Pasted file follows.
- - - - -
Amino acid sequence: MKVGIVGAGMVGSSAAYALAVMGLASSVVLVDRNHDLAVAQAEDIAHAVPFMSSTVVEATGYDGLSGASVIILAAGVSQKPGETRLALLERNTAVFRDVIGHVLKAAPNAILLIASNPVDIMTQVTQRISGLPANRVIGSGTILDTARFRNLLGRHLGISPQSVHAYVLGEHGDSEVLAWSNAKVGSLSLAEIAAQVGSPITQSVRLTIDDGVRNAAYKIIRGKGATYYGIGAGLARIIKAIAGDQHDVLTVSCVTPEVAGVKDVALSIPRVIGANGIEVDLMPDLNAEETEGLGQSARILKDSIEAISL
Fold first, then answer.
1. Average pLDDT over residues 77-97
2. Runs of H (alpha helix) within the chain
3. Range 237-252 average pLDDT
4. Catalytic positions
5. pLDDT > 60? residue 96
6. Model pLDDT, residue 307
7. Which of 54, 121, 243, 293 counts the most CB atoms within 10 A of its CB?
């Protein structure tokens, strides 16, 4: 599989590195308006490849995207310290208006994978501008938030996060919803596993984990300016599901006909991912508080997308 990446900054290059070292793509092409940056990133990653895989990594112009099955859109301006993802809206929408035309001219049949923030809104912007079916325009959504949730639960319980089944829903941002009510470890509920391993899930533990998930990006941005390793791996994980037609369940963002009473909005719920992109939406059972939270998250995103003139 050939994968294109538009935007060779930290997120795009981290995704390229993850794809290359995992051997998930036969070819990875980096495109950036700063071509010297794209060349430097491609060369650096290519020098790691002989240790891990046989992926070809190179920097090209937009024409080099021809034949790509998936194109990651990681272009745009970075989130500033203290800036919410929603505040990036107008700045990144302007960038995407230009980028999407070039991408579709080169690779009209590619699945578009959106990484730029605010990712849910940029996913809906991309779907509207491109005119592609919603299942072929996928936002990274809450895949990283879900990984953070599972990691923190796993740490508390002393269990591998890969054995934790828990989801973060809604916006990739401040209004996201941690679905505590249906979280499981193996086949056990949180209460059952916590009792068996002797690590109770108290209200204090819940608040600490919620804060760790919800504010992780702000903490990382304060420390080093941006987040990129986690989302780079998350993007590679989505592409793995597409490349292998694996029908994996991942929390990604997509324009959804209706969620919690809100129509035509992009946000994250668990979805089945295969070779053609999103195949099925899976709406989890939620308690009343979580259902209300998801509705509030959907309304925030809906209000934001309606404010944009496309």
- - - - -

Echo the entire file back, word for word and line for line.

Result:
Amino acid sequence: MKVGIVGAGMVGSSAAYALAVMGLASSVVLVDRNHDLAVAQAEDIAHAVPFMSSTVVEATGYDGLSGASVIILAAGVSQKPGETRLALLERNTAVFRDVIGHVLKAAPNAILLIASNPVDIMTQVTQRISGLPANRVIGSGTILDTARFRNLLGRHLGISPQSVHAYVLGEHGDSEVLAWSNAKVGSLSLAEIAAQVGSPITQSVRLTIDDGVRNAAYKIIRGKGATYYGIGAGLARIIKAIAGDQHDVLTVSCVTPEVAGVKDVALSIPRVIGANGIEVDLMPDLNAEETEGLGQSARILKDSIEAISL
Fold first, then answer.
1. Average pLDDT over residues 77-97
2. Runs of H (alpha helix) within the chain
3. Range 237-252 average pLDDT
4. Catalytic positions
5. pLDDT > 60? residue 96
6. Model pLDDT, residue 307
7. Which of 54, 121, 243, 293 counts the most CB atoms within 10 A of its CB?
């Protein structure tokens, strides 16, 4: 599989590195308006490849995207310290208006994978501008938030996060919803596993984990300016599901006909991912508080997308 990446900054290059070292793509092409940056990133990653895989990594112009099955859109301006993802809206929408035309001219049949923030809104912007079916325009959504949730639960319980089944829903941002009510470890509920391993899930533990998930990006941005390793791996994980037609369940963002009473909005719920992109939406059972939270998250995103003139 050939994968294109538009935007060779930290997120795009981290995704390229993850794809290359995992051997998930036969070819990875980096495109950036700063071509010297794209060349430097491609060369650096290519020098790691002989240790891990046989992926070809190179920097090209937009024409080099021809034949790509998936194109990651990681272009745009970075989130500033203290800036919410929603505040990036107008700045990144302007960038995407230009980028999407070039991408579709080169690779009209590619699945578009959106990484730029605010990712849910940029996913809906991309779907509207491109005119592609919603299942072929996928936002990274809450895949990283879900990984953070599972990691923190796993740490508390002393269990591998890969054995934790828990989801973060809604916006990739401040209004996201941690679905505590249906979280499981193996086949056990949180209460059952916590009792068996002797690590109770108290209200204090819940608040600490919620804060760790919800504010992780702000903490990382304060420390080093941006987040990129986690989302780079998350993007590679989505592409793995597409490349292998694996029908994996991942929390990604997509324009959804209706969620919690809100129509035509992009946000994250668990979805089945295969070779053609999103195949099925899976709406989890939620308690009343979580259902209300998801509705509030959907309304925030809906209000934001309606404010944009496309």